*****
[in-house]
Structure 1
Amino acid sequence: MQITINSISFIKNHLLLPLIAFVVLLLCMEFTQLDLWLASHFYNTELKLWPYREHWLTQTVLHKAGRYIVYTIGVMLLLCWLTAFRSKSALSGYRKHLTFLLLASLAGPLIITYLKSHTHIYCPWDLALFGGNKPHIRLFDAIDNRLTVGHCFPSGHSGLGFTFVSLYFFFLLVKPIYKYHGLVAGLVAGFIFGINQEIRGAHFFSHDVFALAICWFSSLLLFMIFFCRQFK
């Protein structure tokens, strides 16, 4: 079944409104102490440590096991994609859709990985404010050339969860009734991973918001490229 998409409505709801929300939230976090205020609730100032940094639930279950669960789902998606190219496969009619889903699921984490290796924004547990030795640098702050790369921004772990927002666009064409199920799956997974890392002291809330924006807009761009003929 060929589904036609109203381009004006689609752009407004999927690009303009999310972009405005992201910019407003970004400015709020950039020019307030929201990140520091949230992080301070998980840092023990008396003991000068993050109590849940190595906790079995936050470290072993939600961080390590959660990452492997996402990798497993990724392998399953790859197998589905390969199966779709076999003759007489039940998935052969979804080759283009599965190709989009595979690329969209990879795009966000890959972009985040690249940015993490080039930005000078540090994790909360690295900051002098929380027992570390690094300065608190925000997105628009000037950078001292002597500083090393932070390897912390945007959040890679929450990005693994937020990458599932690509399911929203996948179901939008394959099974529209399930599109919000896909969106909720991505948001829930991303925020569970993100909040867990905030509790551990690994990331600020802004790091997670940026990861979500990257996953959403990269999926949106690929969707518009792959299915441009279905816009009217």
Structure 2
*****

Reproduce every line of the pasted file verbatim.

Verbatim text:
[in-house]
Structure 1
Amino acid sequence: MQITINSISFIKNHLLLPLIAFVVLLLCMEFTQLDLWLASHFYNTELKLWPYREHWLTQTVLHKAGRYIVYTIGVMLLLCWLTAFRSKSALSGYRKHLTFLLLASLAGPLIITYLKSHTHIYCPWDLALFGGNKPHIRLFDAIDNRLTVGHCFPSGHSGLGFTFVSLYFFFLLVKPIYKYHGLVAGLVAGFIFGINQEIRGAHFFSHDVFALAICWFSSLLLFMIFFCRQFK
């Protein structure tokens, strides 16, 4: 079944409104102490440590096991994609859709990985404010050339969860009734991973918001490229 998409409505709801929300939230976090205020609730100032940094639930279950669960789902998606190219496969009619889903699921984490290796924004547990030795640098702050790369921004772990927002666009064409199920799956997974890392002291809330924006807009761009003929 060929589904036609109203381009004006689609752009407004999927690009303009999310972009405005992201910019407003970004400015709020950039020019307030929201990140520091949230992080301070998980840092023990008396003991000068993050109590849940190595906790079995936050470290072993939600961080390590959660990452492997996402990798497993990724392998399953790859197998589905390969199966779709076999003759007489039940998935052969979804080759283009599965190709989009595979690329969209990879795009966000890959972009985040690249940015993490080039930005000078540090994790909360690295900051002098929380027992570390690094300065608190925000997105628009000037950078001292002597500083090393932070390897912390945007959040890679929450990005693994937020990458599932690509399911929203996948179901939008394959099974529209399930599109919000896909969106909720991505948001829930991303925020569970993100909040867990905030509790551990690994990331600020802004790091997670940026990861979500990257996953959403990269999926949106690929969707518009792959299915441009279905816009009217």
Structure 2